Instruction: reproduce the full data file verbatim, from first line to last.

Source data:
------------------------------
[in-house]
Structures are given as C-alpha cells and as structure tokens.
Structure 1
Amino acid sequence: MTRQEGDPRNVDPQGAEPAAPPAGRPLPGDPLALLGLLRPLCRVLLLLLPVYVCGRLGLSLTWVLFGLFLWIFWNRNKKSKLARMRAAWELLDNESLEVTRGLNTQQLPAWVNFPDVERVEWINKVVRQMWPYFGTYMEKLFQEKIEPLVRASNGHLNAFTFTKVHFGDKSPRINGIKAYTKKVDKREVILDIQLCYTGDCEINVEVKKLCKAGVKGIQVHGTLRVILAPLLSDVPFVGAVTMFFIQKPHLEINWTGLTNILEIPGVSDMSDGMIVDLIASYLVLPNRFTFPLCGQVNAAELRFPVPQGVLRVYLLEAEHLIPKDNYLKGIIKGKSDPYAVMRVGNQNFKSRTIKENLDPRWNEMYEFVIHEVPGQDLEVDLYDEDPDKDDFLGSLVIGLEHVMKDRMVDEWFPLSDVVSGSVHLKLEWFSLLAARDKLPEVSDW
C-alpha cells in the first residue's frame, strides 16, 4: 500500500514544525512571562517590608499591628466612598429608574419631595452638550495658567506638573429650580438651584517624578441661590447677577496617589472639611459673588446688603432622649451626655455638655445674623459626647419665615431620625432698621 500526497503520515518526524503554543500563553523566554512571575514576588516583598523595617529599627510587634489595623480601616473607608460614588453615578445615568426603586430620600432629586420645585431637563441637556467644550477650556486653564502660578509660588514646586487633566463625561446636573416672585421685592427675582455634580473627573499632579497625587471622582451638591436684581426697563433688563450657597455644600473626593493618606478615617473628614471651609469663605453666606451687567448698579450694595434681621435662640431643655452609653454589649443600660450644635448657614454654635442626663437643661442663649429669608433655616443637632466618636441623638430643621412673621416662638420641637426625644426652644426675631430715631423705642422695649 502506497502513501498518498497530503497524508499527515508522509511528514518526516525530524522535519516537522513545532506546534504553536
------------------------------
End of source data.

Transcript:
[in-house]
Structures are given as C-alpha cells and as structure tokens.
Structure 1
Amino acid sequence: MTRQEGDPRNVDPQGAEPAAPPAGRPLPGDPLALLGLLRPLCRVLLLLLPVYVCGRLGLSLTWVLFGLFLWIFWNRNKKSKLARMRAAWELLDNESLEVTRGLNTQQLPAWVNFPDVERVEWINKVVRQMWPYFGTYMEKLFQEKIEPLVRASNGHLNAFTFTKVHFGDKSPRINGIKAYTKKVDKREVILDIQLCYTGDCEINVEVKKLCKAGVKGIQVHGTLRVILAPLLSDVPFVGAVTMFFIQKPHLEINWTGLTNILEIPGVSDMSDGMIVDLIASYLVLPNRFTFPLCGQVNAAELRFPVPQGVLRVYLLEAEHLIPKDNYLKGIIKGKSDPYAVMRVGNQNFKSRTIKENLDPRWNEMYEFVIHEVPGQDLEVDLYDEDPDKDDFLGSLVIGLEHVMKDRMVDEWFPLSDVVSGSVHLKLEWFSLLAARDKLPEVSDW
C-alpha cells in the first residue's frame, strides 16, 4: 500500500514544525512571562517590608499591628466612598429608574419631595452638550495658567506638573429650580438651584517624578441661590447677577496617589472639611459673588446688603432622649451626655455638655445674623459626647419665615431620625432698621 500526497503520515518526524503554543500563553523566554512571575514576588516583598523595617529599627510587634489595623480601616473607608460614588453615578445615568426603586430620600432629586420645585431637563441637556467644550477650556486653564502660578509660588514646586487633566463625561446636573416672585421685592427675582455634580473627573499632579497625587471622582451638591436684581426697563433688563450657597455644600473626593493618606478615617473628614471651609469663605453666606451687567448698579450694595434681621435662640431643655452609653454589649443600660450644635448657614454654635442626663437643661442663649429669608433655616443637632466618636441623638430643621412673621416662638420641637426625644426652644426675631430715631423705642422695649 502506497502513501498518498497530503497524508499527515508522509511528514518526516525530524522535519516537522513545532506546534504553536